Martin Scorsese's 3-D 'Hugo': movie review
Martin Scorsese dives into a child's fantasy in 'Hugo,' the story of an orphaned boy with a dream in 1930s France.
Jaap Buitendijk/Paramount Pictures/AP
Martin Scorsese’s 3-D “Hugo” is, at least on the surface, an improbable choice for the director best known for films like “Taxi Driver” and “Raging Bull.” Based on Brian Selznick’s acclaimed and richly illustrated children’s book “The Invention of Hugo Cabret,” with a screenplay by John Logan, it tells the story of the eponymous young orphan (Asa Butterfield) in 1930s France who maintains, in secret, the clocks at a major train station in Paris.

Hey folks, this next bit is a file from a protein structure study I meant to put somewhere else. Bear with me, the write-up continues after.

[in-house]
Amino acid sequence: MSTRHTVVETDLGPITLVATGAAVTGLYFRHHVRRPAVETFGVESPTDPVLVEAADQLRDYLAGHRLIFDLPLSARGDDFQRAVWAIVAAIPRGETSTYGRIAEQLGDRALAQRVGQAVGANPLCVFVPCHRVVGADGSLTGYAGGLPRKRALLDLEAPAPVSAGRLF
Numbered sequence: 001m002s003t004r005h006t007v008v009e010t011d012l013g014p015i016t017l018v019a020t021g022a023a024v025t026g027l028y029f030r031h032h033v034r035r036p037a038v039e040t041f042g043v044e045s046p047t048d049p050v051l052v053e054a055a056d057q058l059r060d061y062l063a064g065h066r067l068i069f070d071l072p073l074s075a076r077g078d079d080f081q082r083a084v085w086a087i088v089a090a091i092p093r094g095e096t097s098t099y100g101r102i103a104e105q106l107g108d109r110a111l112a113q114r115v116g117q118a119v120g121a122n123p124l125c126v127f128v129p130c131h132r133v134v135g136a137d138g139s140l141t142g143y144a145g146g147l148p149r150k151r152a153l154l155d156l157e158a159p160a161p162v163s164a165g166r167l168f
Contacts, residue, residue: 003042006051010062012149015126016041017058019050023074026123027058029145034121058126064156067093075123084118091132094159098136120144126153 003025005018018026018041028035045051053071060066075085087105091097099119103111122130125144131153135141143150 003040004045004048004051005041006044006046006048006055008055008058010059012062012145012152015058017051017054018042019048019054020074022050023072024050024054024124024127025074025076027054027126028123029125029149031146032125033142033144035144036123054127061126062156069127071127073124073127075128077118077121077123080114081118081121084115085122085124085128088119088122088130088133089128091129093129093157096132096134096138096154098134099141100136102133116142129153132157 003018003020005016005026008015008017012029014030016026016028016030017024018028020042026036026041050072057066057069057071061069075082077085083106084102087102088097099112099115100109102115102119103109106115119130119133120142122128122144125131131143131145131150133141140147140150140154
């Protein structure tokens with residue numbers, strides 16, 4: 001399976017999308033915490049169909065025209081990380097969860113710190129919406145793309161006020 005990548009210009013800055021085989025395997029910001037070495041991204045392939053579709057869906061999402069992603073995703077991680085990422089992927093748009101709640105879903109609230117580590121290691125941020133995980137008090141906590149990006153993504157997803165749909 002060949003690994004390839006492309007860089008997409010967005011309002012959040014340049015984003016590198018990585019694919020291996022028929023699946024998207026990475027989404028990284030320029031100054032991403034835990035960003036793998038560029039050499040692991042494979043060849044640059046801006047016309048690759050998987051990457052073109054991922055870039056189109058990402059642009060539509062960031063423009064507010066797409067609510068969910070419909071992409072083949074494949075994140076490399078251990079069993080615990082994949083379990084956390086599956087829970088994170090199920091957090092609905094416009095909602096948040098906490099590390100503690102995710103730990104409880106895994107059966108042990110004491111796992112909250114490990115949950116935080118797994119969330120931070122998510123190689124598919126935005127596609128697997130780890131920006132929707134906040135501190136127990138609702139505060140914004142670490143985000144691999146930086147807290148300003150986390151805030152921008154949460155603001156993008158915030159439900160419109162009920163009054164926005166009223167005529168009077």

With the death of his father (Jude Law, seen in flashbacks) and his alcoholic uncle (Ray Winstone), 12-year-old Hugo struggles to survive poverty and hunger while steering clear of the martinet inspector (Sacha Baron Cohen) who prowls the station and wants to put the boy in an orphanage. He also labors to fix a life-size automaton that, once repaired, might transmit a message from his father.